It goes without saying that Americans are very proud of their country and it is warranted: a diverse democracy that has welcomed every or almost every ethnic group to its land, the rule of law/fairness, an economic system that rewards effort and perseverance are among the reasons Americans take justifiable pride in their home.

Moreover, many Americans frequently that, The United States is the greatest country on Earth, unique from others, and better than any other place in the world.

That said, all due respect to the loyalty of Americans, two new studies offer a counter-argument or critique to the above statement.

The first: the World Bank's annual ranking of how easy it is to do business in 183 countries; the second: the Bertelsmann Foundation explored social justice in 31 of the 34 nations who are members of the Organization for Economic Cooperation and Development (OECD).

U.S.: Good Place to Conduct Business

Concerning the World Bank survey, the United States was ranked fourth regarding the ease of doing business in a particular nation.

Ahead of the United States: 1) Singapore, 2) Hong Kong, and 3) New Zealand.

However, in the business study's sub-metrics, the United States performance was poor in several areas, and that put downward pressure on the overall rank: ease of starting a business, in which it ranked 13th; trading across borders, 20th; and ease of registering property, 16th.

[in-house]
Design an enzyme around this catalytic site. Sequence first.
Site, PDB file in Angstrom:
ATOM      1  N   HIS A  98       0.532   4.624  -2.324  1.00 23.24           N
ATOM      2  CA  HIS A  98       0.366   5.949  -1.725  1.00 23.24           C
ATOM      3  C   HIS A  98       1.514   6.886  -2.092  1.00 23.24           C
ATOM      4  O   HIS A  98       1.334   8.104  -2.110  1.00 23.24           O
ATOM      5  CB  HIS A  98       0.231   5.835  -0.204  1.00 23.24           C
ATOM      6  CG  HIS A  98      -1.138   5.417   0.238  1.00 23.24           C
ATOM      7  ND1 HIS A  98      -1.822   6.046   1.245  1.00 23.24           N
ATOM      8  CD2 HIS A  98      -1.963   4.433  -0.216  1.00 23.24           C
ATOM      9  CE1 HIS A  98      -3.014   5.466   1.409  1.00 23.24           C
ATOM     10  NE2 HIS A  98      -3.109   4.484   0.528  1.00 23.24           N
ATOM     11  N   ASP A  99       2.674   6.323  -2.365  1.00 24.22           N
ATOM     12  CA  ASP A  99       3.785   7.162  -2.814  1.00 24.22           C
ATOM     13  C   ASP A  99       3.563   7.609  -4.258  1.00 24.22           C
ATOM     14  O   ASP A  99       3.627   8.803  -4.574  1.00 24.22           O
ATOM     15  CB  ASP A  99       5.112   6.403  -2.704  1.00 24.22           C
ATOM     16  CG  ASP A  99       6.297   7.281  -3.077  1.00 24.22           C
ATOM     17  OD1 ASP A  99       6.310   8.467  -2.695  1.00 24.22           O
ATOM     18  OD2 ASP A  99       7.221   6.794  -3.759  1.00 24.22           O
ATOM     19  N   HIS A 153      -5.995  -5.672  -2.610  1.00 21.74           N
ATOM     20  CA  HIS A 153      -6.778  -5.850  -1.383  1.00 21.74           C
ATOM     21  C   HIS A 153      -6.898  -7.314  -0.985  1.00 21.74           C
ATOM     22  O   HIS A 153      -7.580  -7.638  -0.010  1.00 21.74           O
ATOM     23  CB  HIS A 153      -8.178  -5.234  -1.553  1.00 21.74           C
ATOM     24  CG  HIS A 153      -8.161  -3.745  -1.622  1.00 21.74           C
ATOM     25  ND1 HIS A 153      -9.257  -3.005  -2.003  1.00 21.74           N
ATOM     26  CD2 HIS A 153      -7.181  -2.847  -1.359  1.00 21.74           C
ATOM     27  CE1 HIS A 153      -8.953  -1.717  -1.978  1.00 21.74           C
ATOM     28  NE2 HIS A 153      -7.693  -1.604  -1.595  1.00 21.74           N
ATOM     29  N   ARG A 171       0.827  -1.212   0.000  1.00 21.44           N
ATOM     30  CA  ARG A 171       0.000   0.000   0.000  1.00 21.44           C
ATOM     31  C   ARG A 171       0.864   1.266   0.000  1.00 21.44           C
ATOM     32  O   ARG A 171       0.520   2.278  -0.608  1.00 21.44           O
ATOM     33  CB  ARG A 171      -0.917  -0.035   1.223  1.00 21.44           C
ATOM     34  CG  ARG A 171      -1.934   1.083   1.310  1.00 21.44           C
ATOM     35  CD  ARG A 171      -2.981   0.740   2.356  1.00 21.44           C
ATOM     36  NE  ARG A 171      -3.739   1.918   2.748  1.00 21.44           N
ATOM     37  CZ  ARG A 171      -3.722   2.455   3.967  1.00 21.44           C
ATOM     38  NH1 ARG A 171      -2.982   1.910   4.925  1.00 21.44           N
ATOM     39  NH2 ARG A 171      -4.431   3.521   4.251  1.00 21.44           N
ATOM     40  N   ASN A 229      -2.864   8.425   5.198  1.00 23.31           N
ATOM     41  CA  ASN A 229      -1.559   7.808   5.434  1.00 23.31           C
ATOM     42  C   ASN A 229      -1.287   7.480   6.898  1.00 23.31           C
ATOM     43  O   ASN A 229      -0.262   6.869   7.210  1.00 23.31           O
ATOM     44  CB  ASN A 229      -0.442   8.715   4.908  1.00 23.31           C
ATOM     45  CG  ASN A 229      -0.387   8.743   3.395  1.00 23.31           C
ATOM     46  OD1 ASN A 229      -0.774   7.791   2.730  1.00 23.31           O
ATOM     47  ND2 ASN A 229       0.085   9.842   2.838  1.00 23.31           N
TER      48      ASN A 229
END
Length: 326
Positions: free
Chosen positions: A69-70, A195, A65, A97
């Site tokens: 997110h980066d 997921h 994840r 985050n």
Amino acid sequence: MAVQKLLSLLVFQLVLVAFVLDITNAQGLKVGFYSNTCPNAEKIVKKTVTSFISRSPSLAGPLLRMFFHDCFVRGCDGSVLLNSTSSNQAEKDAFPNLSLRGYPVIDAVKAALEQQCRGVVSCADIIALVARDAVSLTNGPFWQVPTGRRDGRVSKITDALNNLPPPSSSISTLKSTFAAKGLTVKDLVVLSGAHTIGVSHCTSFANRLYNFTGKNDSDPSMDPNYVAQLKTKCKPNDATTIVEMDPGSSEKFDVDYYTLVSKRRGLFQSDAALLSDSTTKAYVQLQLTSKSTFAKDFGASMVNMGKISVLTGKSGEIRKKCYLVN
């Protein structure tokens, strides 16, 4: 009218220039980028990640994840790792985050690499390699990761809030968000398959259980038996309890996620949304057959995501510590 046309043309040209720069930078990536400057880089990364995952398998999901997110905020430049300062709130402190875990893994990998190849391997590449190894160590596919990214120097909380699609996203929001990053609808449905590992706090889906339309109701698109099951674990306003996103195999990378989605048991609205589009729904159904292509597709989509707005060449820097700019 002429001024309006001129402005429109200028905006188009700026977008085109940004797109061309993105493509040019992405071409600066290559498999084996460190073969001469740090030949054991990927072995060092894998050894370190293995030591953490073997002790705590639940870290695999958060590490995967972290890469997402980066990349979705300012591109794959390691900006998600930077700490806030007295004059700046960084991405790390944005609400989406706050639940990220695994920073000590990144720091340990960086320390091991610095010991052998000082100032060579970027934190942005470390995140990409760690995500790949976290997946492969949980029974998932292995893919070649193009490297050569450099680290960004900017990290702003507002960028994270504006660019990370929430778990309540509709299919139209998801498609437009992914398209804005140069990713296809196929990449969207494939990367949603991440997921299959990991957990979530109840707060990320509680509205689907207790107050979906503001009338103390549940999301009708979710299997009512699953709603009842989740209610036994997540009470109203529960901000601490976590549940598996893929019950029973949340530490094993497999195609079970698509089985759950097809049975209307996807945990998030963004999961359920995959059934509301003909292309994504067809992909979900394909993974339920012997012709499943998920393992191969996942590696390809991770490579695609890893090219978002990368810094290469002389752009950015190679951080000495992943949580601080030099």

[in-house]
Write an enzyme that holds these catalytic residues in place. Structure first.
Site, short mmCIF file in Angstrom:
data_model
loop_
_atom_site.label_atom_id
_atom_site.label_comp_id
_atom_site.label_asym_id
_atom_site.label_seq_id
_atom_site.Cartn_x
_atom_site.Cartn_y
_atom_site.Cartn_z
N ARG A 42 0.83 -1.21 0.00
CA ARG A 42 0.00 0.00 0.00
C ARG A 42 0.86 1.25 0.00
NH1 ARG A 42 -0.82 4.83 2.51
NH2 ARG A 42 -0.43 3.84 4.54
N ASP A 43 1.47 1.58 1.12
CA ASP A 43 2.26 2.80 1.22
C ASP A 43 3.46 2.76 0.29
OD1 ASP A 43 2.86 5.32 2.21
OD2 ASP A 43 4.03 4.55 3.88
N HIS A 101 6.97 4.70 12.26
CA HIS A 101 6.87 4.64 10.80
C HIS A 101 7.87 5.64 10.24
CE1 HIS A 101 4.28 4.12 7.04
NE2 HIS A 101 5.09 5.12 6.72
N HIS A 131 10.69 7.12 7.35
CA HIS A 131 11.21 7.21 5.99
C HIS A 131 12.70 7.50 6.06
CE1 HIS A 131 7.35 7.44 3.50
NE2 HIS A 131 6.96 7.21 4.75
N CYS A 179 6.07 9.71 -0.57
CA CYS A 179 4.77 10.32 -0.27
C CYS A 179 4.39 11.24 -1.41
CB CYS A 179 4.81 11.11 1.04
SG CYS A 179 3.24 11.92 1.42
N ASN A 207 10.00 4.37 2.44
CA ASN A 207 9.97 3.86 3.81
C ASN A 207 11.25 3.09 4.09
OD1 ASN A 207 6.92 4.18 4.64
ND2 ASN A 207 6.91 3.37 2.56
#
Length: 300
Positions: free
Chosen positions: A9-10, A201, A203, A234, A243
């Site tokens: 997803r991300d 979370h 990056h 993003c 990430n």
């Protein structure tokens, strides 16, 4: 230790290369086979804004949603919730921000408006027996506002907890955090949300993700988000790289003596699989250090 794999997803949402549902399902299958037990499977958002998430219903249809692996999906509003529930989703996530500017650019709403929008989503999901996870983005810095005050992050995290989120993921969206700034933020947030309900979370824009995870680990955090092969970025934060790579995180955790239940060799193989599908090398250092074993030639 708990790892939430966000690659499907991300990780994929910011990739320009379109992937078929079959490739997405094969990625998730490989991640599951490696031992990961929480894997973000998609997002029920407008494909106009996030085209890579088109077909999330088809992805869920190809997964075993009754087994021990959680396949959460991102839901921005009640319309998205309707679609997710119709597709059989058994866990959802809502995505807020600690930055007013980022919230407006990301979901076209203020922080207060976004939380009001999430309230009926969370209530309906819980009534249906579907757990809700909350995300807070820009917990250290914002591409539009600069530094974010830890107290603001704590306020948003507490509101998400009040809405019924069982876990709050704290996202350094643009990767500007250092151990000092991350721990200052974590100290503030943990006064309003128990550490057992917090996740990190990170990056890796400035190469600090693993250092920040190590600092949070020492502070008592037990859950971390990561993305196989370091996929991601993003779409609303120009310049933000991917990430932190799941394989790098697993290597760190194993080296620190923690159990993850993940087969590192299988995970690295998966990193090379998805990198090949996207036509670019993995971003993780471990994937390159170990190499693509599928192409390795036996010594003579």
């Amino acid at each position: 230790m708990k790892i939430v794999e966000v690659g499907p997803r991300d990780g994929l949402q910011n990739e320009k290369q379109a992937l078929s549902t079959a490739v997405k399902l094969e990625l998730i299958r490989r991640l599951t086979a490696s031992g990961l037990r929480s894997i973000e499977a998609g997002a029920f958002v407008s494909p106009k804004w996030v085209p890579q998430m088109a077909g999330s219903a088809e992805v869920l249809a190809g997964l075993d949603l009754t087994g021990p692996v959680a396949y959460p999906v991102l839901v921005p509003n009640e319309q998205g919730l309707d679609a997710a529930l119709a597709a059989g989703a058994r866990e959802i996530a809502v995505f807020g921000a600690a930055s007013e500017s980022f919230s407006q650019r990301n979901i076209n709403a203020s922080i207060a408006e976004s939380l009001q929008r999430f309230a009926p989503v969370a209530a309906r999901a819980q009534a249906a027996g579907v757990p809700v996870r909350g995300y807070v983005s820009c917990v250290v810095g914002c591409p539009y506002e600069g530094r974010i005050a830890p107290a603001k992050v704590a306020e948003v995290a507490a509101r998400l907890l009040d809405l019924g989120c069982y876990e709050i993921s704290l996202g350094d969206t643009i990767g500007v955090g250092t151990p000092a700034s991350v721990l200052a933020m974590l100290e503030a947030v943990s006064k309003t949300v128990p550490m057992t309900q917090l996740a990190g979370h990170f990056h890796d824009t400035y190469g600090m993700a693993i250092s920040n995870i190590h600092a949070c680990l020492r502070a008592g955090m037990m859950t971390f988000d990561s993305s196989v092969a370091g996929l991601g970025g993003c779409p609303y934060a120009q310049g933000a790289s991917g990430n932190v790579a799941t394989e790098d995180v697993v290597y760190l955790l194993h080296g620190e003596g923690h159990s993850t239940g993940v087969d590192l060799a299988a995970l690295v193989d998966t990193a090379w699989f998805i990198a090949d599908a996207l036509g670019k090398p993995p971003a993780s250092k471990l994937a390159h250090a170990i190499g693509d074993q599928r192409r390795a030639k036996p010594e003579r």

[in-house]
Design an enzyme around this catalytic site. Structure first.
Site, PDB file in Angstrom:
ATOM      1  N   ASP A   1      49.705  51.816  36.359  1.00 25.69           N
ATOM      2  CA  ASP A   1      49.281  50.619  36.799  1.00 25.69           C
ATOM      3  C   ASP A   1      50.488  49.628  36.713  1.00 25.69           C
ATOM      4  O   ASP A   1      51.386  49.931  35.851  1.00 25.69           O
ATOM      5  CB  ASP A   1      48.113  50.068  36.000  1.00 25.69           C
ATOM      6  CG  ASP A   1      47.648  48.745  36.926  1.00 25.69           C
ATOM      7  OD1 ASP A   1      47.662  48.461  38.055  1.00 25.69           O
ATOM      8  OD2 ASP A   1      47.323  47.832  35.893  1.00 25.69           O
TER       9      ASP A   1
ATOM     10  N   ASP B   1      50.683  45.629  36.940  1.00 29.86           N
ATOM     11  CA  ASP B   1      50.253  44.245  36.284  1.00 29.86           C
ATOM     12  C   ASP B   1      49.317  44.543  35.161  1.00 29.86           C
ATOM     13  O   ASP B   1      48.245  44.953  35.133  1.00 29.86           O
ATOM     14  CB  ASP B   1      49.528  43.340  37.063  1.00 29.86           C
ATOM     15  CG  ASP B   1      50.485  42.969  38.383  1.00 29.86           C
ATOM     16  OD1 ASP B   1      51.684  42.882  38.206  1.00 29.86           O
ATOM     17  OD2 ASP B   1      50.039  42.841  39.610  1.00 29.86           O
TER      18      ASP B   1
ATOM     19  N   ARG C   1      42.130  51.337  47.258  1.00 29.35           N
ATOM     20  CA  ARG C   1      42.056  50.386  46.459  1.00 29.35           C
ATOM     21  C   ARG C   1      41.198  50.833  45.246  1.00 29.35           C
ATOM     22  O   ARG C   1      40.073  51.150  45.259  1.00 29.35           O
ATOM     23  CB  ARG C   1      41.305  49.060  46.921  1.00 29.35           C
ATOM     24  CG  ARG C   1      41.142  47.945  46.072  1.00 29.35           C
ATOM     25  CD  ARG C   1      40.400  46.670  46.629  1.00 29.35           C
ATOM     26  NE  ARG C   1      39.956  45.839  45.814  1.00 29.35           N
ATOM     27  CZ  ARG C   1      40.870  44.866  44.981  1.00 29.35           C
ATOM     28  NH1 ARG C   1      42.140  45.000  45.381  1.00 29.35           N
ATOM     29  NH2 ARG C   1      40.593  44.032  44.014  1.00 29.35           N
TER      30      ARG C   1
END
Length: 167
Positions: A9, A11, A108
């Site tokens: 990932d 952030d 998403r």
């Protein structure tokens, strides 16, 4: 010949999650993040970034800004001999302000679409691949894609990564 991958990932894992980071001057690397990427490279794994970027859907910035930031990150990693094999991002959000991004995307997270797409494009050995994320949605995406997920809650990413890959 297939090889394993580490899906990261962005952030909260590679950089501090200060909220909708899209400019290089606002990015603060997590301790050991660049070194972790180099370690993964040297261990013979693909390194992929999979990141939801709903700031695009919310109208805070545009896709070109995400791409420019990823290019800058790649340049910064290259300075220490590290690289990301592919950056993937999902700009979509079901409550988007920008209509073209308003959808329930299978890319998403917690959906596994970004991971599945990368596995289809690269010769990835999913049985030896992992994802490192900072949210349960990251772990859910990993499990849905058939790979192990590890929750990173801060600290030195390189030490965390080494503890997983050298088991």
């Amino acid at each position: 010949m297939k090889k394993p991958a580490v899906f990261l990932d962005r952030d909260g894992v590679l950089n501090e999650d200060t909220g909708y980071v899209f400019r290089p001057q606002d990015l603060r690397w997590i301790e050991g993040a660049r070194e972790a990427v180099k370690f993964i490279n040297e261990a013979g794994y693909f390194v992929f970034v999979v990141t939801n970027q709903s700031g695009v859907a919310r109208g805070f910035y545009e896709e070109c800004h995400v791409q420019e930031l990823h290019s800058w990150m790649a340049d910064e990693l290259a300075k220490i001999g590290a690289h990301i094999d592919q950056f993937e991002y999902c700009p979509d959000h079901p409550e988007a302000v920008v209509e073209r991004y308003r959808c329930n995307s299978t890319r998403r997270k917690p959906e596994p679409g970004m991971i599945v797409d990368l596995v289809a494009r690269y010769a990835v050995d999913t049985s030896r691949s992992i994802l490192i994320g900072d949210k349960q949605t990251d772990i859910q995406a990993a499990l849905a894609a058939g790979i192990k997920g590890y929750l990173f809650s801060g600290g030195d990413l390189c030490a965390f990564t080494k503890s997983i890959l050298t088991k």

U.S. Social Justice Grade: Needs Improvement

Regarding the Bertelsmann study on social justice, the United States ranked a low 27th.   

The Bertelsmann study indicated the United States had the largest rich-poor gap of any OECD countries examined, except Mexico and Chile.

Further, other sub-metrics that help comprise the rating were equally poor for the U.S. Regarding, health care, the U.S. ranked 23rd; education, 20th.  At the top of the social justice list were five Scandinavian countries: 1) Iceland, 2) Norway, 3) Denmark, 4) Sweden, and 5) Finland.

Economic/Public Policy Analysis:  The studies reveal that the United States is still very strong regarding the ease of doing business, but not the best.

Equally significant, the U.S.'s social justice rank is very low among developed economies. Despite enormous wealth, a technologically advanced economy, and vast natural resources, among other advantages, the United States has not managed to achieve justice across society on a par with developed economies that have far less wealth, technology, and resources. That speaks to public policies that are behind their European counterparts by a half-cycle or cycle -- particularly regarding health care, and worker retraining/support for the unemployed.